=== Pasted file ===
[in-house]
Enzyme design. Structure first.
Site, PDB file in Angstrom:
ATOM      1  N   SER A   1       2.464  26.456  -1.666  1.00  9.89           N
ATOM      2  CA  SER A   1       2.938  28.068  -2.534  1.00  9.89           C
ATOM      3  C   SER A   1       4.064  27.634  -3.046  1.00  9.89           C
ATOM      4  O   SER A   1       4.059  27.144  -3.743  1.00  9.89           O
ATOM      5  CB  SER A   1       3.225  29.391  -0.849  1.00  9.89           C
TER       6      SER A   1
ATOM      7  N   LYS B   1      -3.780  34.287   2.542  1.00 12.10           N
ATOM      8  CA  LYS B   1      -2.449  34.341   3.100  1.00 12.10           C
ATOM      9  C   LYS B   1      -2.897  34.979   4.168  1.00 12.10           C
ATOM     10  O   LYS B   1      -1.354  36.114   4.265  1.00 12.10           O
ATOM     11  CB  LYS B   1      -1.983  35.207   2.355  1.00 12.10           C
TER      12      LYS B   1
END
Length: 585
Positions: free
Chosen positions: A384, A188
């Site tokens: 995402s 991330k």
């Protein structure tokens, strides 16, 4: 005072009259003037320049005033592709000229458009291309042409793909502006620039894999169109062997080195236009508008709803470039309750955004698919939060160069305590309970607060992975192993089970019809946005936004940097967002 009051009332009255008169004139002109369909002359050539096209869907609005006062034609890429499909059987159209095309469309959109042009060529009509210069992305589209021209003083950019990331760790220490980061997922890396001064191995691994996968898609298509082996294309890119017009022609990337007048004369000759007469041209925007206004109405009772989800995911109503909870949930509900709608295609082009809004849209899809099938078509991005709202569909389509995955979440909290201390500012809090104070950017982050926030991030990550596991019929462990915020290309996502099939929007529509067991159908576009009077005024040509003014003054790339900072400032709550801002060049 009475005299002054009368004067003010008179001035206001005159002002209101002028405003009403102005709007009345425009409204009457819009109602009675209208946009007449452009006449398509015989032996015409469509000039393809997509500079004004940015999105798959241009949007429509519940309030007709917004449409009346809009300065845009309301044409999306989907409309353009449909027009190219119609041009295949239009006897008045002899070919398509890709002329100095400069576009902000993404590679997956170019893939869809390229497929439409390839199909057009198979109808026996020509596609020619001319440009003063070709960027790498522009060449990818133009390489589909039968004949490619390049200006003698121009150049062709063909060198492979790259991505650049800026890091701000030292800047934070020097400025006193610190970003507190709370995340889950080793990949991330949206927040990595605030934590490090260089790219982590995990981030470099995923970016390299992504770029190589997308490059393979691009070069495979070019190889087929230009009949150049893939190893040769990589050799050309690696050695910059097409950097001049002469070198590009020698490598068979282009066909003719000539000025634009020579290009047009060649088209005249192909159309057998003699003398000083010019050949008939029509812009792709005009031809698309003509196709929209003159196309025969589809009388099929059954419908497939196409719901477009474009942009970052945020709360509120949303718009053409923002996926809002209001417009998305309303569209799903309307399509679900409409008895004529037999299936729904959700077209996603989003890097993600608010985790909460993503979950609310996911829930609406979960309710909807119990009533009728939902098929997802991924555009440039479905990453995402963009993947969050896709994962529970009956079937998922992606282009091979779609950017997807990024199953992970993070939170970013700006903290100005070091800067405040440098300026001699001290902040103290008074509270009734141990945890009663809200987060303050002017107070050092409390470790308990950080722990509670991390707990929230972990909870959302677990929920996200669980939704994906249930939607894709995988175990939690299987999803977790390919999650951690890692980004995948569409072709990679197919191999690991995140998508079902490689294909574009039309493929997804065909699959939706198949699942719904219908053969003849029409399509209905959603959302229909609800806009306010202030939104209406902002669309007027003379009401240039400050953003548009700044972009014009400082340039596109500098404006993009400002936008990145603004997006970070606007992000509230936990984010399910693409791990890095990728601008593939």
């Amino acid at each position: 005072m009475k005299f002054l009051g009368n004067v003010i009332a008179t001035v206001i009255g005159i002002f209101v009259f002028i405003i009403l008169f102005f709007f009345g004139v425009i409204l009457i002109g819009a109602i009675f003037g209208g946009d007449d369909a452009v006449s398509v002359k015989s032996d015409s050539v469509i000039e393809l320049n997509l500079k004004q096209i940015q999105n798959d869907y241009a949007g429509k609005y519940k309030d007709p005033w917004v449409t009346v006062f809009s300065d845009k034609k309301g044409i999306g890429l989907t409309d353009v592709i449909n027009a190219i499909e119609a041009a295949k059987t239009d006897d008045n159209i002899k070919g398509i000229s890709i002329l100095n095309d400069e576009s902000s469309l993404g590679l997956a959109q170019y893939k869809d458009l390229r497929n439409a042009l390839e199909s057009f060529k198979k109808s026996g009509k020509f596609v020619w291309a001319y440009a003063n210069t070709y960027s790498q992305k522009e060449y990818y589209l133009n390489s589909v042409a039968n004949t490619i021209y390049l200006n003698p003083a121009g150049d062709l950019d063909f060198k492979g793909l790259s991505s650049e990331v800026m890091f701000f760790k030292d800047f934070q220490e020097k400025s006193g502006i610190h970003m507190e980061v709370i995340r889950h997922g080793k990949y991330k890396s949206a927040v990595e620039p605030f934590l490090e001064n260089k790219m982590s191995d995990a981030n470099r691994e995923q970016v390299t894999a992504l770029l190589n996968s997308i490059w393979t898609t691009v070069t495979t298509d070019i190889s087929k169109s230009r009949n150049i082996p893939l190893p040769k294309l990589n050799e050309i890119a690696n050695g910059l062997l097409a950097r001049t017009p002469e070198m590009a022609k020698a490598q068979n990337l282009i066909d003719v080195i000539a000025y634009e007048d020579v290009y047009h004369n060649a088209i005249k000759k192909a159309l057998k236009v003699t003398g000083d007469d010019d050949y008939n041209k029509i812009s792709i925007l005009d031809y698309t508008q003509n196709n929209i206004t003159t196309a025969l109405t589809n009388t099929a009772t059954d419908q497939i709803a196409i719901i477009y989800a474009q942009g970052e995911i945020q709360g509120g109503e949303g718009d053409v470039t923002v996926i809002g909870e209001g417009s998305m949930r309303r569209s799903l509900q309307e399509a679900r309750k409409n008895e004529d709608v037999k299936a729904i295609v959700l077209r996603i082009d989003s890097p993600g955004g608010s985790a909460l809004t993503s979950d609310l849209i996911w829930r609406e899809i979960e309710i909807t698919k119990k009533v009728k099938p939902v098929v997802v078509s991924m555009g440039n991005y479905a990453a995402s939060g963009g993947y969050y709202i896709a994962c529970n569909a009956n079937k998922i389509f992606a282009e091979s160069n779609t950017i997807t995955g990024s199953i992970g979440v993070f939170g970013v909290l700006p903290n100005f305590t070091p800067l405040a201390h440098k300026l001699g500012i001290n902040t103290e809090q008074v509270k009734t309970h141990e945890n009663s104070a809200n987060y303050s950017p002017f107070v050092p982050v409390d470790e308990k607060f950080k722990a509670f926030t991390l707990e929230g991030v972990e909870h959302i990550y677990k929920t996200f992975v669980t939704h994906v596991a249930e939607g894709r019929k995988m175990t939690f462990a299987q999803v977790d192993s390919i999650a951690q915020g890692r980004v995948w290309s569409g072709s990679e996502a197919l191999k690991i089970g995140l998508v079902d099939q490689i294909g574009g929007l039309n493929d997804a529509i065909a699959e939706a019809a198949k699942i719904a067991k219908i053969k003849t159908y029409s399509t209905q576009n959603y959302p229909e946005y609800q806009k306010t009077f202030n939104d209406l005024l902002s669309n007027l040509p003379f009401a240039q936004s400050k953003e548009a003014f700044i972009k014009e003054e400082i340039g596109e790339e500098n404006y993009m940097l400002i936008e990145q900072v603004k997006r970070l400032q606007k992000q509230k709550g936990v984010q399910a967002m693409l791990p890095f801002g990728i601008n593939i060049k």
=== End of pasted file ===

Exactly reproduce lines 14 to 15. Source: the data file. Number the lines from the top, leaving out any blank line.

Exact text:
ATOM     11  CB  LYS B   1      -1.983  35.207   2.355  1.00 12.10           C
TER      12      LYS B   1